When Ray Charles Robinson Jr. was about 6, his legendary musician dad bought him a candy- apple-red Schwinn bicycle for Christmas. Despite the bike being a little too big, Ray’s wife Della Bea told her son, “‘Your dad is going to take you outside and teach you how to ride,’” Robinson recalls to Closer Weekly magazine, on newsstands now. “I was like, ‘How is he going to do that? He’s blind.’” Della Bea smiled and said, “Your dad can do anything.” Sure enough, Ray pushed his son down the sidewalk on the bike. “I’d take three pedals and then fall off,” Robinson says with a laugh. “The bike was simply too big! But he would just clap and say, ‘That’s my son!’ ”
Robinson now knows his mom was right: There wasn’t much Ray Charles couldn’t do — from overcoming a traumatic childhood and kicking drug addiction to winning 17 Grammys. He still marvels at his dad’s resilience and talent, and cherishes the sweet memories of a father who listened to him, loved to play chess and taught him to stand on his own. “I think that was a driving force in his life,” Robinson says of Ray’s independence. “It had to be, because of his discipline and what he was able to do.”
Growing up poor in Greenville, Florida, Ray had a difficult childhood. His younger brother, George, drowned when Ray was 5, and Ray started to lose his eyesight around the same time. Robinson, 65, recalls his dad speaking about his mother, Aretha, and how she’d say, “You’re going to go blind and you’re going to have to get up every morning and figure out how to live the best life you can!” It wasn’t easy. But Ray’s love of music helped him through his life’s most painful struggles, including his mother’s death when he was just 14. “I was born with music inside me,” said Ray, who learned to use braille music in school. “It was a force within me when I arrived on the scene. It was a necessity for me, like food or water.”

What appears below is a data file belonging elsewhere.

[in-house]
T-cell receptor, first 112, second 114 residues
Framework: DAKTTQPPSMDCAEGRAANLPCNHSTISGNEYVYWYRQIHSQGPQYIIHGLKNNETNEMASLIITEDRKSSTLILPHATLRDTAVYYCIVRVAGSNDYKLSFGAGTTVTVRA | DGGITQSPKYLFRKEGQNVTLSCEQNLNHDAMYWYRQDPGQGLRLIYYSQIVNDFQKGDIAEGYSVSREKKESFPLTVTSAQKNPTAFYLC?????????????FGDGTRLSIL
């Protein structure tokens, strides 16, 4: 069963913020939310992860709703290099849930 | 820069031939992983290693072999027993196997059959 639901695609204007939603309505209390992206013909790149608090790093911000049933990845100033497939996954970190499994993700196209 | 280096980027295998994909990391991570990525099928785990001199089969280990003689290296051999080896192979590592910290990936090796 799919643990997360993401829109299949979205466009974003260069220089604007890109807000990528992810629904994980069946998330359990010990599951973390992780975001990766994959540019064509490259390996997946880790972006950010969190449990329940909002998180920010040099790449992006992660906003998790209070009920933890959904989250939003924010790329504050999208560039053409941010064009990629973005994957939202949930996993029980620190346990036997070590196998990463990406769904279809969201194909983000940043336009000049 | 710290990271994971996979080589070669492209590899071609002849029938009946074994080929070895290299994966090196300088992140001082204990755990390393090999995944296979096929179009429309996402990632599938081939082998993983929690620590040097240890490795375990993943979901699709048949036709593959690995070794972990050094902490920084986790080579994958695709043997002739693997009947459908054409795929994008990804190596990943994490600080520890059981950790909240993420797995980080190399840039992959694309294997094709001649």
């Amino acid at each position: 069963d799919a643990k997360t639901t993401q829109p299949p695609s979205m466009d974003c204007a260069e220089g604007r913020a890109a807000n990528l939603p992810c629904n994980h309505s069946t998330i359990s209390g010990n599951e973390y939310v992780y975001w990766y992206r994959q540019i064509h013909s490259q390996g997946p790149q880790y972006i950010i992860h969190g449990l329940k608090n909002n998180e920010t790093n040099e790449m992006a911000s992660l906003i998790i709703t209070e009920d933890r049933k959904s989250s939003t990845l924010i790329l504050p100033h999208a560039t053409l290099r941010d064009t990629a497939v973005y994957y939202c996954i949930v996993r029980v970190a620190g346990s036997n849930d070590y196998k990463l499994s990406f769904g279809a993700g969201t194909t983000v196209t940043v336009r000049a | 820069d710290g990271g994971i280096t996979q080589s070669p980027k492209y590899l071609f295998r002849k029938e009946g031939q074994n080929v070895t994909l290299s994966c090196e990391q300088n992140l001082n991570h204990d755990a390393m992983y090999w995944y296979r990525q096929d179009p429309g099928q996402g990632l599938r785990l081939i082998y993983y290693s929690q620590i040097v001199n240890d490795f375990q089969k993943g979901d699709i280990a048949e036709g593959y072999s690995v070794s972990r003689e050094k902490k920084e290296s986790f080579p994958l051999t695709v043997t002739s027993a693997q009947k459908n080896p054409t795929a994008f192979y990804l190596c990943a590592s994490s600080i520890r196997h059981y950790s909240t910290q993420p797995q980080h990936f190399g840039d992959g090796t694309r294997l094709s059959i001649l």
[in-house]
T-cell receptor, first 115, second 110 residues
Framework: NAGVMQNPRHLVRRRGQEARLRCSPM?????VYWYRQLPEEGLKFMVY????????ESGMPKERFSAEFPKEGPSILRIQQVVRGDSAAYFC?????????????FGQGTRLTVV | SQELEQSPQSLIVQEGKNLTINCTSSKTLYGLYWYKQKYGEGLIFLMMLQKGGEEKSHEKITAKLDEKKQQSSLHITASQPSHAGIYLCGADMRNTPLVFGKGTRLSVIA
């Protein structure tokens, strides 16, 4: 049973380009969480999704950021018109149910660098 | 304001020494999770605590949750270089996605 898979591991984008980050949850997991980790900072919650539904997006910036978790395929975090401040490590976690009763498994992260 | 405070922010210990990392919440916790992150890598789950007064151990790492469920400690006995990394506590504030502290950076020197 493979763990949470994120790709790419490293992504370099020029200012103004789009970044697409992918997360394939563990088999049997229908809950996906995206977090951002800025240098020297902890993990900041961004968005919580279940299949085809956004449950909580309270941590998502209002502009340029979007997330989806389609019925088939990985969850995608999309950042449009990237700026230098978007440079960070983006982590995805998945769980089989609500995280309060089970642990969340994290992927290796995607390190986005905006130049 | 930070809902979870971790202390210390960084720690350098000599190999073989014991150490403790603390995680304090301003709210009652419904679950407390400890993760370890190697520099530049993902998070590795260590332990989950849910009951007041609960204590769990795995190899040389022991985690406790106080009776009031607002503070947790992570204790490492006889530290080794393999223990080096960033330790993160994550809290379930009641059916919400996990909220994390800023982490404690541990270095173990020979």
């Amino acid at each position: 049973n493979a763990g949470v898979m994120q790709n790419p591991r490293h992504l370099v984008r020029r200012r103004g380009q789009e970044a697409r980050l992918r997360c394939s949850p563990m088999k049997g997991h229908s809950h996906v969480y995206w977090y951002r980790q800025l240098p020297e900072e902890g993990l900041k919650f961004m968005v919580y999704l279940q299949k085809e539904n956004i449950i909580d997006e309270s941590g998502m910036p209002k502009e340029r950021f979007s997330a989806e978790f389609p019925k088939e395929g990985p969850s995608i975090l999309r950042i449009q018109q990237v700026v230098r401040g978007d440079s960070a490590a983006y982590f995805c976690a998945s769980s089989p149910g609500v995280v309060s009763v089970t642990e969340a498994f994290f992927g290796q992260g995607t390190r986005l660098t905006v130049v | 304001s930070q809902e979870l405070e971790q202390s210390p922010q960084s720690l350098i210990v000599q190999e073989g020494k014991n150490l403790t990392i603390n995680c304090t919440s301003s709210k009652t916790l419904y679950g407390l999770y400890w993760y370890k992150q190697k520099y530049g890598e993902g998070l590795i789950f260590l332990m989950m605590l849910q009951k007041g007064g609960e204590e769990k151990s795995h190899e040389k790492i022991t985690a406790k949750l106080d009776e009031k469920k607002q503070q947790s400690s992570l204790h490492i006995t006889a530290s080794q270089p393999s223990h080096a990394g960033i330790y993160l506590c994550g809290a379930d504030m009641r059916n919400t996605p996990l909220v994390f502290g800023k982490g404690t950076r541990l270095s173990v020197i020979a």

In 1960, Ray’s career skyrocketed with the success of “Georgia on My Mind.” Although he was gone more, Robinson — who produced 2004’s hit film Ray — says his dad “made a point to reach out to us and talk. He would sit me on his lap and run my hands over a reel-to-reel tape and tell me what the tape recorder did,” he recalls fondly. “He talked to me about the music he listened to. I could still smell this cologne we used to get him.”
Despite his love for his family, Ray earned a reputation as a womanizer while out on tour. “He was not a man who believed in monogamy,” says David Ritz, who cowrote the singer’s biography, Brother Ray. In 1977, he and Della Bea divorced — but Ray’s extramarital affairs were only part of their troubles.
Ray’s drug addiction took a major toll on the family. Robinson remembers how at age 6 he found his dad bleeding after Ray had severely cut himself while high. “I think that was the fork in the road for him,” says Robinson, “and he chose to live.” Ray went to rehab in 1965, got clean “and never looked back,” his son says.
Robinson hopes to be able to share more stories about his dad in the coming years, possibly in a Netflix series or on Broadway. “There’s so much to show,” he tells Closer. “It’s been 16 years since Ray was made, so there’s a whole new generation of children who don’t know what he did. He stayed true to his roots and his gift was the music.”
Lisa Chambers, with reporting by Katie Bruno
For more on this story, pick up the latest issue of Closer magazine, on newsstands now.